“Not an income gap, a stupid gap”

Why do right-wingers hate poor people so much?

A reason for the “wealth or income gap”: Smart people keep on doing things that are smart and make them money while stupid people keep on doing things that are stupid and keep them from achieving.

People who get an education, stay off of drugs, apply themselves, and save and wisely invest their earnings do a lot better than people who drop out of school, become substance abusers, and buy fancy cars and houses that they can’t afford, only to lose them.

We don’t have an income gap. We have a stupid gap.

Because of course only stupid people need to go deep into debt to get an education, or get laid off in late middle age, or get sick and lose their job and then their health insurance, or have their employer go broke and dump their pension into PBGC, or have a spouse die when the kids are young, or have a child with expensive special needs. Poor people are poor because they’re drug abusers. And of course all the folks who made millions of dollars driving the economy into a ditch – and in many cases bankrupting their own employers, or leaving the taxpayers stuck with the tab – were very, very, very smart; their bonus checks prove it.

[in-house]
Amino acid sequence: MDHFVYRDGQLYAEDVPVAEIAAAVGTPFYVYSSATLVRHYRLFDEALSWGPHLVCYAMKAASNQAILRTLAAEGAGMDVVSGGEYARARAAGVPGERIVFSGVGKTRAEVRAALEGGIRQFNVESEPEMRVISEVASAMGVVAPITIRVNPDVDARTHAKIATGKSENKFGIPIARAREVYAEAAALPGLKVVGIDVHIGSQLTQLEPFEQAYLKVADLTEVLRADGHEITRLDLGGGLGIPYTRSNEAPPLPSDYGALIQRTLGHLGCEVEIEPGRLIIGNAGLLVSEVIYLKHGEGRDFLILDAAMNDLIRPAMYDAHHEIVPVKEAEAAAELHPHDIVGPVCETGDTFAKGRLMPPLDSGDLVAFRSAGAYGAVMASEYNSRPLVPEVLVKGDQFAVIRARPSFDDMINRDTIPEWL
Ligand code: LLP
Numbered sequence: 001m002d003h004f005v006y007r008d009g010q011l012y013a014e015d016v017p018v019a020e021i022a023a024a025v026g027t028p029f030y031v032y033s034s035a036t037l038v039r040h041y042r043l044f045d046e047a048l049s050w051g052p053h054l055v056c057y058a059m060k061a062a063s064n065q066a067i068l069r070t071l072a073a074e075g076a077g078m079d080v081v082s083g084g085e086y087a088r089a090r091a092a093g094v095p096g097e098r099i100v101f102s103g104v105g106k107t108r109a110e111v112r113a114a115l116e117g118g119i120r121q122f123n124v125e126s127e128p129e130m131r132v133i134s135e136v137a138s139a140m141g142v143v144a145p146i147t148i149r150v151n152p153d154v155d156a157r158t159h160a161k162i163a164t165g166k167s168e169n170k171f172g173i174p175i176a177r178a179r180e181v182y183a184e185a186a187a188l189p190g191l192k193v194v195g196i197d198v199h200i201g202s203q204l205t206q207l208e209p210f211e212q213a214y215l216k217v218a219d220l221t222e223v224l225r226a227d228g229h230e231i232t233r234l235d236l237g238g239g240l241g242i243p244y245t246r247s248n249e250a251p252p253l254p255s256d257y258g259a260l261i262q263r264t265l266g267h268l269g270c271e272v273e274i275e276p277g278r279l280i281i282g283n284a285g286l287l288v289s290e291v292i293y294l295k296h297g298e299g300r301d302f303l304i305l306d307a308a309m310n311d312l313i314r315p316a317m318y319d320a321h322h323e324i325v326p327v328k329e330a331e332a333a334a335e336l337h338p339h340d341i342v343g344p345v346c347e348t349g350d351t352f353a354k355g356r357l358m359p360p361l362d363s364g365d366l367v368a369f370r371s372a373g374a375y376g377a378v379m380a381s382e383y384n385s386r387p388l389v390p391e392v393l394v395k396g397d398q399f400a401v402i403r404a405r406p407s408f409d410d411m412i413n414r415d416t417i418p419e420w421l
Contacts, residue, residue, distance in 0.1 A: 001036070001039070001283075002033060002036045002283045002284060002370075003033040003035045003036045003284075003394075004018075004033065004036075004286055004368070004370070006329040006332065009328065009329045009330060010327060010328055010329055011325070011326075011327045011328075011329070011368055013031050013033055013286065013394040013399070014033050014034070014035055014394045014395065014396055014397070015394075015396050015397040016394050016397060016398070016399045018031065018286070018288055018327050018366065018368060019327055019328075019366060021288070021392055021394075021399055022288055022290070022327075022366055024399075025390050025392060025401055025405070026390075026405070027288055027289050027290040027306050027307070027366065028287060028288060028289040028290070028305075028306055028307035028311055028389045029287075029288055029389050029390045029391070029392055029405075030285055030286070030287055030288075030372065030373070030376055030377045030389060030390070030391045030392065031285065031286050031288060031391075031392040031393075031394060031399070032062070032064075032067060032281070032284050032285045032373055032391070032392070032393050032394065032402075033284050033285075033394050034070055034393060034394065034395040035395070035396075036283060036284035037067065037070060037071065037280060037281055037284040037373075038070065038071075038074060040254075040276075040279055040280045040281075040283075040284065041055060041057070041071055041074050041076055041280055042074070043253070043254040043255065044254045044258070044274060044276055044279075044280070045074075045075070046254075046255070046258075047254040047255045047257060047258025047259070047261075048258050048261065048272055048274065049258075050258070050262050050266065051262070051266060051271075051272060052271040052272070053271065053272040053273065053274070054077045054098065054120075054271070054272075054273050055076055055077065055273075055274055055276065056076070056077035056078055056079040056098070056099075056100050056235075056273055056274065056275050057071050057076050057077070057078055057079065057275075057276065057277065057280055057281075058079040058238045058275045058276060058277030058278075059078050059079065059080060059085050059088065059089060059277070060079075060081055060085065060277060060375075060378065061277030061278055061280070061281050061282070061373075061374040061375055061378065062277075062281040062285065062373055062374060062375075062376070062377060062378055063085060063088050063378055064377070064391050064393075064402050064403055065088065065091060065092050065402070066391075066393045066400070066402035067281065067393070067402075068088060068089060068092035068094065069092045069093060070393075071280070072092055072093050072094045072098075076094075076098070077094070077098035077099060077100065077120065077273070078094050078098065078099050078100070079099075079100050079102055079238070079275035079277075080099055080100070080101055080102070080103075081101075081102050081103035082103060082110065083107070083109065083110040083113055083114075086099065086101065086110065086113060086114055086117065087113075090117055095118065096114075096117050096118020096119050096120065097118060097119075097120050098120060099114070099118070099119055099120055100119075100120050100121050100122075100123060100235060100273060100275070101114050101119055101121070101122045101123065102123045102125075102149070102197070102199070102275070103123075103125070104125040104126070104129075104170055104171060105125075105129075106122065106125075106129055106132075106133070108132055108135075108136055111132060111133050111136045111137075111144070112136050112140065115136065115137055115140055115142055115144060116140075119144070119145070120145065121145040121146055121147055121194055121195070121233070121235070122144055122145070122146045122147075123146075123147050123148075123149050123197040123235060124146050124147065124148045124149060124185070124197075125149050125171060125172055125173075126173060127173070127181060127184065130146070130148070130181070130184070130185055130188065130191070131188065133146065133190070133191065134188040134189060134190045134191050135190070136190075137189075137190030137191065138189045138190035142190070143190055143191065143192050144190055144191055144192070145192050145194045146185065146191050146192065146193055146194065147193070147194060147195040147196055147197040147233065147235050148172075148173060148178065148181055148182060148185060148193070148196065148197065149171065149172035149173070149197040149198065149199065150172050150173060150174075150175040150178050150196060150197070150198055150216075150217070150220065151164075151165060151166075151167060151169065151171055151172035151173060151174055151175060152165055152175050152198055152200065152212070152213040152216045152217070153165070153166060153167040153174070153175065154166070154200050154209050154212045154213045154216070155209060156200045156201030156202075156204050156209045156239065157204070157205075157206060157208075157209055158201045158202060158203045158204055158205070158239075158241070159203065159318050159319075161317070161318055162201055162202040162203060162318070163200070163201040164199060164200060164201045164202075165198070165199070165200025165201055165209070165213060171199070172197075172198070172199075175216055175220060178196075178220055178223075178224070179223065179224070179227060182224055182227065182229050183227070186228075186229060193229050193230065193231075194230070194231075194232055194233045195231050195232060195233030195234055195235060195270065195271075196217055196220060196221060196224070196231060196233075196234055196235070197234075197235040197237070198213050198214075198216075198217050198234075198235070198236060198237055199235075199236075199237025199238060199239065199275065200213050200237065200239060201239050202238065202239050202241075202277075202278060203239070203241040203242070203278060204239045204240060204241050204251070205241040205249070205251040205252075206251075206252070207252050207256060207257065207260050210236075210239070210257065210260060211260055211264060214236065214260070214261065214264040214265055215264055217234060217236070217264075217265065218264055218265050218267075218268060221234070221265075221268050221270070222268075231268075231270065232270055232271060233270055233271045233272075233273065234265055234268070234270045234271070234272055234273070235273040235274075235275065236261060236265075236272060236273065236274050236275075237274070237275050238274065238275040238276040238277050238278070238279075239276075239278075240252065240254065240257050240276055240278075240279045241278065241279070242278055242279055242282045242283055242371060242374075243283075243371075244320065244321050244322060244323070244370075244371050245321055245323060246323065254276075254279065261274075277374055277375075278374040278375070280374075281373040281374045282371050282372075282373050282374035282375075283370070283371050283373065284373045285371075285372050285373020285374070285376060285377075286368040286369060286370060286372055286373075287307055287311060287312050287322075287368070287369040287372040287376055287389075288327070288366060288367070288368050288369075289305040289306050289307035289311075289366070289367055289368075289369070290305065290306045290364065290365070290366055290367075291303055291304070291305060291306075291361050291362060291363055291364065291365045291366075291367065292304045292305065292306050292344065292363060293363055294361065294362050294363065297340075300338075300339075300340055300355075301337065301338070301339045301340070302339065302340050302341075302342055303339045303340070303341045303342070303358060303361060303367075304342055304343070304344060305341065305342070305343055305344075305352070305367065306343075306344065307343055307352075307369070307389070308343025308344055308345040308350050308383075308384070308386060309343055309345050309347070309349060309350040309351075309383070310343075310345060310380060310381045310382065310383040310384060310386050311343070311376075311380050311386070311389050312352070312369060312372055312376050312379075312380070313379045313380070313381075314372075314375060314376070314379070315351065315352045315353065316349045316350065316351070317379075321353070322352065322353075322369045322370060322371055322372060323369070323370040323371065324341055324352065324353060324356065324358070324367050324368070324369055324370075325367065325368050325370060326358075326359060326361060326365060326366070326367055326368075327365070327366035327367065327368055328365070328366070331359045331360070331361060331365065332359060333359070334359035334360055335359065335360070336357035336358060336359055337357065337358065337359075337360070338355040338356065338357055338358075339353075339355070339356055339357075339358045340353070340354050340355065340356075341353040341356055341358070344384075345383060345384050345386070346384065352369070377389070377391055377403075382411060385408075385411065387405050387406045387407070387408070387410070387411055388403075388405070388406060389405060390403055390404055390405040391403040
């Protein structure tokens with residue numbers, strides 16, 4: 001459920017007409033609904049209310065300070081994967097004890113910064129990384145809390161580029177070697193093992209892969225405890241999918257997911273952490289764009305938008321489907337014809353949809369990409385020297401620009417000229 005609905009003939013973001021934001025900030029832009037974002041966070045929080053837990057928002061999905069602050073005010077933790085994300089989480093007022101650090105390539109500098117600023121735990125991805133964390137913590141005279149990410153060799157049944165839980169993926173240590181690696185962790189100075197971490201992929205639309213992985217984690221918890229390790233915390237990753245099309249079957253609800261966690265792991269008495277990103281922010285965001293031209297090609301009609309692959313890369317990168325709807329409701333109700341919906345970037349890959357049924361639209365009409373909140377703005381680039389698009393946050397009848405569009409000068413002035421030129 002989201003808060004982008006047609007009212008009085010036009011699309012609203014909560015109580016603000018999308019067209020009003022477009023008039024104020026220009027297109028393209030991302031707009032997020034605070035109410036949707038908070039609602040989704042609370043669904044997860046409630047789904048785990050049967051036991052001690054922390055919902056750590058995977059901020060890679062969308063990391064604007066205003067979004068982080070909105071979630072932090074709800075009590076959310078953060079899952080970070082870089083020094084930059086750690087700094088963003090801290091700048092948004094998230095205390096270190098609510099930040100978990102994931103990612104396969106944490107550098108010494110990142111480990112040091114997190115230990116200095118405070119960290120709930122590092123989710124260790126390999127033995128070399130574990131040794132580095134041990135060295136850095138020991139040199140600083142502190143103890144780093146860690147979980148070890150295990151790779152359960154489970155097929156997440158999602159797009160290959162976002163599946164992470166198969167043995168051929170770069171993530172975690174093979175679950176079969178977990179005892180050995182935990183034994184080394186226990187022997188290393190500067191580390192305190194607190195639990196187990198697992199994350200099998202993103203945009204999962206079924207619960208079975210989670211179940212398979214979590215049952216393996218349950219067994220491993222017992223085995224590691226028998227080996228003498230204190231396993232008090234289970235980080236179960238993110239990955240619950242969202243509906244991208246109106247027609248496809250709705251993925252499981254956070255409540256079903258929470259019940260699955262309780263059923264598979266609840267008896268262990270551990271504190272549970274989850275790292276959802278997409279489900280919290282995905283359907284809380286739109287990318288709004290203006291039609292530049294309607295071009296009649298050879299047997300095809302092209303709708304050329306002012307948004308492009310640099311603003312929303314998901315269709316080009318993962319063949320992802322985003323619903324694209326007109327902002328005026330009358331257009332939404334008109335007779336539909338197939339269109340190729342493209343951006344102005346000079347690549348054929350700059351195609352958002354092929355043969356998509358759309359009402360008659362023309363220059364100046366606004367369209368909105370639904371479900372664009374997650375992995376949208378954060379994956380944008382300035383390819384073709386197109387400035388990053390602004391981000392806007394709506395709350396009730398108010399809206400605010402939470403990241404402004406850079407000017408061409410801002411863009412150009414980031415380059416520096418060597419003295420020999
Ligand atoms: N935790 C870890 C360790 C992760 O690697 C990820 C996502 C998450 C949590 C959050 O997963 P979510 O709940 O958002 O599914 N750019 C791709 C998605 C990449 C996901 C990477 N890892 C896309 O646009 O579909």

In studying contemporary wingnuttery, it’s essential not to lose site of one of its main motivations: the insensate hatred of poor people, especially but not exclusively minorities and immigrants.

Glenn Reynolds calls this the “comment of the day.” That’s an understatement. For the right wing, it’s the comment of the decade.

Author: Mark Kleiman